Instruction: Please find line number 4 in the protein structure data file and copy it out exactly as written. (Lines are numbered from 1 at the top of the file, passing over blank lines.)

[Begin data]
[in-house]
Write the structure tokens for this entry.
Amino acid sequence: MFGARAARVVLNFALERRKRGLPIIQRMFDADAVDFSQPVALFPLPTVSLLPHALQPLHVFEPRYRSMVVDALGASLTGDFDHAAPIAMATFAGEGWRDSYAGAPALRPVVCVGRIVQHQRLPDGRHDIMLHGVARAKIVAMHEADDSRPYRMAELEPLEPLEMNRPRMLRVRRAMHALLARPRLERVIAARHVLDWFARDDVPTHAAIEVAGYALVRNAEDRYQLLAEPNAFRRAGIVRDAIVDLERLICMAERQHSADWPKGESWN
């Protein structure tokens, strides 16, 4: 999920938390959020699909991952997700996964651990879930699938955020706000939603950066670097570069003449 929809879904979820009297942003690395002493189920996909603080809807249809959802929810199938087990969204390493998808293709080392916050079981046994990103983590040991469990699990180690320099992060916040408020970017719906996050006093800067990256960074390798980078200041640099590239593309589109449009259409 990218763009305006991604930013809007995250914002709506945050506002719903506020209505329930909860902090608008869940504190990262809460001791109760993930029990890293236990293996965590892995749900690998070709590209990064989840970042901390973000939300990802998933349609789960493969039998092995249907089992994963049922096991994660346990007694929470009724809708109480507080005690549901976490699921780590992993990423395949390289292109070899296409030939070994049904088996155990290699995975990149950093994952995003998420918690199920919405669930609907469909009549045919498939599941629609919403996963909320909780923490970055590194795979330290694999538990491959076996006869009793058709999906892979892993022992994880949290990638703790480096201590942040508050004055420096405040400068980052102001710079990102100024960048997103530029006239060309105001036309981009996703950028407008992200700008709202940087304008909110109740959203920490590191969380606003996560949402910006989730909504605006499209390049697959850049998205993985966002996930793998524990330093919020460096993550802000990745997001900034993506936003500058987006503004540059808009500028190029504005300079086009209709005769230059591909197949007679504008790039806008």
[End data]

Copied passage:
């Protein structure tokens, strides 16, 4: 999920938390959020699909991952997700996964651990879930699938955020706000939603950066670097570069003449 929809879904979820009297942003690395002493189920996909603080809807249809959802929810199938087990969204390493998808293709080392916050079981046994990103983590040991469990699990180690320099992060916040408020970017719906996050006093800067990256960074390798980078200041640099590239593309589109449009259409 990218763009305006991604930013809007995250914002709506945050506002719903506020209505329930909860902090608008869940504190990262809460001791109760993930029990890293236990293996965590892995749900690998070709590209990064989840970042901390973000939300990802998933349609789960493969039998092995249907089992994963049922096991994660346990007694929470009724809708109480507080005690549901976490699921780590992993990423395949390289292109070899296409030939070994049904088996155990290699995975990149950093994952995003998420918690199920919405669930609907469909009549045919498939599941629609919403996963909320909780923490970055590194795979330290694999538990491959076996006869009793058709999906892979892993022992994880949290990638703790480096201590942040508050004055420096405040400068980052102001710079990102100024960048997103530029006239060309105001036309981009996703950028407008992200700008709202940087304008909110109740959203920490590191969380606003996560949402910006989730909504605006499209390049697959850049998205993985966002996930793998524990330093919020460096993550802000990745997001900034993506936003500058987006503004540059808009500028190029504005300079086009209709005769230059591909197949007679504008790039806008």